193

I have the following class:

public class Test {
    public static int a = 0;
    public int b = 1;
}

Is it possible to use reflection to get a list of the static fields only? I'm aware I can get an array of all the fields with Test.class.getDeclaredFields(). But it seems there's no way to determine if a Field instance represents a static field or not.

2

4 Answers 4

388

You can do it like this:

Field[] declaredFields = Test.class.getDeclaredFields();
List<Field> staticFields = new ArrayList<Field>();
for (Field field : declaredFields) {
    if (java.lang.reflect.Modifier.isStatic(field.getModifiers())) {
        staticFields.add(field);
    }
}
19

I stumbled across this question by accident and felt it needed a Java 8 update using streams:

public static List<Field> getStatics(Class<?> clazz) {
    List<Field> result;

    result = Arrays.stream(clazz.getDeclaredFields())
            // filter out the non-static fields
            .filter(f -> Modifier.isStatic(f.getModifiers()))
            // collect to list
            .collect(toList());

    return result;
}

Obviously, that sample is a bit embelished for readability. In actually, you would likely write it like this:

public static List<Field> getStatics(Class<?> clazz) {
    return Arrays.stream(clazz.getDeclaredFields()).filter(f ->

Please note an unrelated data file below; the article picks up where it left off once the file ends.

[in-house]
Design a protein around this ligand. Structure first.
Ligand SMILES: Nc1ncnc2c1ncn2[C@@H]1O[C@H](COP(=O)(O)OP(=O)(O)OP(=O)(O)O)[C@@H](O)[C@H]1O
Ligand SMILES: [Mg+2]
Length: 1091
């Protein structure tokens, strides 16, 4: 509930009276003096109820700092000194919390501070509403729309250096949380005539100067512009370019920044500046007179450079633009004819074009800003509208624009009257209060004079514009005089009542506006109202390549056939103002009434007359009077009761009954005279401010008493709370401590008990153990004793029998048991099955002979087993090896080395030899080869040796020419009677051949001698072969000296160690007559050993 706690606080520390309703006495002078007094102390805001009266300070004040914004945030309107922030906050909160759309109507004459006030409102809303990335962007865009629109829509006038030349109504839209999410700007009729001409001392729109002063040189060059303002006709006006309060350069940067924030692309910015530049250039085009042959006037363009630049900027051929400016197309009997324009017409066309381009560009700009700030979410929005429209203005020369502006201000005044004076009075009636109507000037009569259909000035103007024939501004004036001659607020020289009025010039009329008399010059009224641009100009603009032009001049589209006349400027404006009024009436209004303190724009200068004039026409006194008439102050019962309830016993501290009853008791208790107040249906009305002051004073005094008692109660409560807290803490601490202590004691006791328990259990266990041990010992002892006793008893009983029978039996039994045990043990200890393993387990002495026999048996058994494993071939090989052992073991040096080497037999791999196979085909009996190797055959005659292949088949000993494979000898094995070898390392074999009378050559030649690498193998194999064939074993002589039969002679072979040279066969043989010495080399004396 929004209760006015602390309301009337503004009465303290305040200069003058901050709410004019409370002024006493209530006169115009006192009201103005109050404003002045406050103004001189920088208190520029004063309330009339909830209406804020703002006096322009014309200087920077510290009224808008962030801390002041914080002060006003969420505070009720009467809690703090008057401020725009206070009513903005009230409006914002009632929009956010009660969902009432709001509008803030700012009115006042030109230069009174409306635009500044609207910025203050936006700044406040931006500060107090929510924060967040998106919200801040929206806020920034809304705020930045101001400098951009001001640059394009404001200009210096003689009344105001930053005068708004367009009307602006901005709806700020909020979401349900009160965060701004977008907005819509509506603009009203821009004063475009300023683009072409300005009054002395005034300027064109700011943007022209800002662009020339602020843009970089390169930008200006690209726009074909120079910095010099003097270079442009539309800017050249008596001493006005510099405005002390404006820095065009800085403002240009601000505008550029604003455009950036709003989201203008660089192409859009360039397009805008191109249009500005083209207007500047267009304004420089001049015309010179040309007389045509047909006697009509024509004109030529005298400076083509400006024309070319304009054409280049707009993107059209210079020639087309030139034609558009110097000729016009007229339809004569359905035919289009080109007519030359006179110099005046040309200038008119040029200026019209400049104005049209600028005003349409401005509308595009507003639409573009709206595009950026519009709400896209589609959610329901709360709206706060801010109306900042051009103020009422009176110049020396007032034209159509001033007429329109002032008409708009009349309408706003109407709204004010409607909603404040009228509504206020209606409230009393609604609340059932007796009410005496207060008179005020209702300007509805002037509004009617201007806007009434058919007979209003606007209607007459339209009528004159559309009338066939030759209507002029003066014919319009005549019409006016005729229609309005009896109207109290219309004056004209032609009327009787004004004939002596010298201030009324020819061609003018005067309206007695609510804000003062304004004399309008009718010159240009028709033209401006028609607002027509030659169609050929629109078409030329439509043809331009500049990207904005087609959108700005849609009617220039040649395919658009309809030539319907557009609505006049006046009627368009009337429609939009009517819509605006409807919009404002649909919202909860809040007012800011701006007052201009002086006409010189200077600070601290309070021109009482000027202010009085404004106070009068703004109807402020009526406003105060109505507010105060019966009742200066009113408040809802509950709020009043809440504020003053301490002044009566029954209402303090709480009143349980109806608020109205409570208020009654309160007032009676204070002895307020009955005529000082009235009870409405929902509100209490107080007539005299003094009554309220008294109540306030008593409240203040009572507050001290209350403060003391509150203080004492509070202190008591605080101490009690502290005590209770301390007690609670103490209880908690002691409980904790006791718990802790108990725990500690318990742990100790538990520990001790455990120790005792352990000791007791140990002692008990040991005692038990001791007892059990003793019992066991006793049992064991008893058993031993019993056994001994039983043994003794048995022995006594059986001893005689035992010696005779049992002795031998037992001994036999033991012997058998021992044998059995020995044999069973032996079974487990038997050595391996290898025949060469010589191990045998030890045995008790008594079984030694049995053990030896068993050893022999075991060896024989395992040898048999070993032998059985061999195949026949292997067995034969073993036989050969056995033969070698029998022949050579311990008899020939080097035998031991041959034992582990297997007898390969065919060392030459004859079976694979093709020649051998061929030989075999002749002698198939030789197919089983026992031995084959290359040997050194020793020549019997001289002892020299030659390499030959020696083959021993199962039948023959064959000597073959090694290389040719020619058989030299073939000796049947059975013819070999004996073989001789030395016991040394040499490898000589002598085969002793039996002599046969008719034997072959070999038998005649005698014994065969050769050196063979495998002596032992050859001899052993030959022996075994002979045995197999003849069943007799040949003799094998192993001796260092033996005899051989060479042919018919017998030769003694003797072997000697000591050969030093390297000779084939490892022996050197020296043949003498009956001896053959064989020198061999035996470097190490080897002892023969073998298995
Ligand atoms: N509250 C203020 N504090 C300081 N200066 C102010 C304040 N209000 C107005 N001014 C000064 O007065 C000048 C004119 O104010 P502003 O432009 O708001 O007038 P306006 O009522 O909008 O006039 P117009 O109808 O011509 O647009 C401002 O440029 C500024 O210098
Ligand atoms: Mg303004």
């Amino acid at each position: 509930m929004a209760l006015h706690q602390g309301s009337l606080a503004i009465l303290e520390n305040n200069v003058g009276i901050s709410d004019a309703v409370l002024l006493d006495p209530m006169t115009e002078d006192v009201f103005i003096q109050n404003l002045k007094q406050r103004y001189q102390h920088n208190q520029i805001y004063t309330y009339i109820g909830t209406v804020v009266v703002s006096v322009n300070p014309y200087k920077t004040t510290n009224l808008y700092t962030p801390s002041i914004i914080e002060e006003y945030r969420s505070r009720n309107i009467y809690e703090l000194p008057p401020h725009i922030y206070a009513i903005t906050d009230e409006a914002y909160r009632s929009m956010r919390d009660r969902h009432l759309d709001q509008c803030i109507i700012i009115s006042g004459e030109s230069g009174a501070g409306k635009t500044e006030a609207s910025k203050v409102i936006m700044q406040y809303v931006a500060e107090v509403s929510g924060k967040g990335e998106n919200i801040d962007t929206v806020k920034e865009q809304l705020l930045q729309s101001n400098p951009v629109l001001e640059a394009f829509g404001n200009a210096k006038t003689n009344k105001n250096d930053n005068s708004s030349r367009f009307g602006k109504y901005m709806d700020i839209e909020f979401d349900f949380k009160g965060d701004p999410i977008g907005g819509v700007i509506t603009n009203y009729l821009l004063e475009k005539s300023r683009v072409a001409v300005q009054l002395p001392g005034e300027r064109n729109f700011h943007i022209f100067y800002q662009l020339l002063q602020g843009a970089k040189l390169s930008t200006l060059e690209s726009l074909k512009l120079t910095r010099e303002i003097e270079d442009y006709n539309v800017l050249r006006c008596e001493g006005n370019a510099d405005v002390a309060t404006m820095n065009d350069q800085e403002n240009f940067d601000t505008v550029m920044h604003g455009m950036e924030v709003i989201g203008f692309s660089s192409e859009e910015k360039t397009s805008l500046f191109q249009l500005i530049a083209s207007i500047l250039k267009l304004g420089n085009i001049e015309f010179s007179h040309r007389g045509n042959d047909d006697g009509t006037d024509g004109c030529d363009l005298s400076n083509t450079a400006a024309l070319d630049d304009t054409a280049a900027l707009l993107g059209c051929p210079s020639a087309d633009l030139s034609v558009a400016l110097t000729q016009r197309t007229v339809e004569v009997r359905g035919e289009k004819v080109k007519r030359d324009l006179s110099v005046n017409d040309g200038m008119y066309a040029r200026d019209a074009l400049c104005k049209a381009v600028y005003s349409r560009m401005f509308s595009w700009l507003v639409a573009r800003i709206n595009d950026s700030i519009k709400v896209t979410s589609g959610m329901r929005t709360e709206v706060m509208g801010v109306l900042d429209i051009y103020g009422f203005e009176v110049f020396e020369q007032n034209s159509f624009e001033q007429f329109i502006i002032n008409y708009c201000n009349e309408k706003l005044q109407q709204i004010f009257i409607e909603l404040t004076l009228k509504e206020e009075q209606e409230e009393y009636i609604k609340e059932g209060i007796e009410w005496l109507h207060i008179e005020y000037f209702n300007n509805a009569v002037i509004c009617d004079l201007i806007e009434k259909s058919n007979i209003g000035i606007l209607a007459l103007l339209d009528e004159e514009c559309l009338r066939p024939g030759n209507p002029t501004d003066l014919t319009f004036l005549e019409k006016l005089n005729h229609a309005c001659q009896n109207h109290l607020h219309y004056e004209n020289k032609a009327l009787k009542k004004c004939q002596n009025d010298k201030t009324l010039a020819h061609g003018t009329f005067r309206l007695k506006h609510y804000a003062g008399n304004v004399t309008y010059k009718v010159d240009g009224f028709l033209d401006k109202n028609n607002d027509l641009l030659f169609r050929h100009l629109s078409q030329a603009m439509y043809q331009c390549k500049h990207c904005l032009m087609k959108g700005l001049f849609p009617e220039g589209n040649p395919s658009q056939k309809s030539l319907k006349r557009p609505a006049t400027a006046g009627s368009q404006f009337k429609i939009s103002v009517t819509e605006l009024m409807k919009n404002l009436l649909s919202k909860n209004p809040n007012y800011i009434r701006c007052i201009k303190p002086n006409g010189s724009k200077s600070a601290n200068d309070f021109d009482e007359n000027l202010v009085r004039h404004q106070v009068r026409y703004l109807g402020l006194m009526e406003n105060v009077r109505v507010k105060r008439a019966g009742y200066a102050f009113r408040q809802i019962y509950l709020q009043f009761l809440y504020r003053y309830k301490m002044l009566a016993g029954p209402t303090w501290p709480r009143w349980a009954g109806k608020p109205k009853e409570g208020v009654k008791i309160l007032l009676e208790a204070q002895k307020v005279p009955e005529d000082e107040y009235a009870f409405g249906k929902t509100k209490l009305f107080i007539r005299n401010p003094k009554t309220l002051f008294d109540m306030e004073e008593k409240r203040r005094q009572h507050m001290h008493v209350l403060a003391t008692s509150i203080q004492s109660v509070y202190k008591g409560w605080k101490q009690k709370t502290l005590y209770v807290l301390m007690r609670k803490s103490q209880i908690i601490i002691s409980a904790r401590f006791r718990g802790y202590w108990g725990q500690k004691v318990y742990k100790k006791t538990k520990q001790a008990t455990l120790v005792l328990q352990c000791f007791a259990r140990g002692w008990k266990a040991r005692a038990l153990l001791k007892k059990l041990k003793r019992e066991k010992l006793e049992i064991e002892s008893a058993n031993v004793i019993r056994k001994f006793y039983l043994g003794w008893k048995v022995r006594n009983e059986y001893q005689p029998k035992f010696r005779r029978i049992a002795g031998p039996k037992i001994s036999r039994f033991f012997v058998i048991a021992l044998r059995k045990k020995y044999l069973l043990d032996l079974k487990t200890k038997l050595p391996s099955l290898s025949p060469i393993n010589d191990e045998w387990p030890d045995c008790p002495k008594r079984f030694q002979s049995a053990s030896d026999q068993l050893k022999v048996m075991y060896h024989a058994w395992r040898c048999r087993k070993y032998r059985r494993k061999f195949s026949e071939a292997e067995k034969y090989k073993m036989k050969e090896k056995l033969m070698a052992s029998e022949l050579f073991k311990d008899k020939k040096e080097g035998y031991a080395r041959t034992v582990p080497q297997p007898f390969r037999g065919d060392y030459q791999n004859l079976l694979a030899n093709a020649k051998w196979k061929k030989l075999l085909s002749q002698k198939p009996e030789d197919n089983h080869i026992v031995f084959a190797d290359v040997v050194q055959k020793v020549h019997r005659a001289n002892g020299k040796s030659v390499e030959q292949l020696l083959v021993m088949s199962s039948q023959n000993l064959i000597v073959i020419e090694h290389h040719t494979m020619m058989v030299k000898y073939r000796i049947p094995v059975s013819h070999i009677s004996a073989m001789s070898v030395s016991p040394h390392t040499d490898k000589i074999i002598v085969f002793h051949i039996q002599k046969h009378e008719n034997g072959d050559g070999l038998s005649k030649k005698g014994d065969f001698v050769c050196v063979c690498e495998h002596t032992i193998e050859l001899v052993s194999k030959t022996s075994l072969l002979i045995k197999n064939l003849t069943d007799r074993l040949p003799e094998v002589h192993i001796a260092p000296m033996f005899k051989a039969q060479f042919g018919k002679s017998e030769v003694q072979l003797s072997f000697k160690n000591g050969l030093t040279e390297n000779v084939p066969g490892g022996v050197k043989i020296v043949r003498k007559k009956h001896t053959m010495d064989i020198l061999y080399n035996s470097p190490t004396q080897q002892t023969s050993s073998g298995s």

Modifier.isStatic(f.getModifiers())).collect(toList());
}
3
  • 6
    "In actually, you would likely write it like this" ... why do you think that "in actuality" that readability is not important?
    – Michael
    Jan 16, 2019 at 18:58
  • 7
    First off, I don't think mocking someones English on a site like this is appropriate. Aside from that, I do not believe that the comments in the embellished example serve to improve readability to someone even remotely familiar with streams, nor does the useless return variable. I would consider both noise if I encountered them in actual code. With more experience with streams under my belt, i would today opt to keep the original newlines for readability. Nobody is perfect. I aimed to provide both an example that was explicit for new programmers as well as one that was realistic.
    – Torque
    Jan 16, 2019 at 20:12
  • 7
    I wasn't mocking your English. Your English is good. I don't even understand what you're talking about. And yes, I agree that the comments are superfluous and that the formatting of the first is much better. My point was that you seemed to suggest "embellishing for readability" is bad, when readability is an incredibly important code quality metric.
    – Michael
    Jan 16, 2019 at 20:38
2

Thats Simple , you can use Modifier to check if a field is static or not. Here is a sample code for that kind of task.

public static void printModifiers(Object o) {
    Class c = o.getClass();
    int m = c.getModifiers();
    if (Modifier.isPublic(m))
        System.out.println ("public");
    if (Modifier.isAbstract(m))
        System.out.println ("abstract");
    if (Modifier.isFinal(m))
        System.out.println ("final");
    if(Modifier.isStatic(m))
        System.out.println("static");
}
-1

If you can add open-source dependencies to your project you can also use FieldUtils.readDeclaredStaticField(Test.class,"a")

1
  • 5
    This doesn't give a list of static fields.
    – OrangeDog
    Nov 2, 2016 at 14:49

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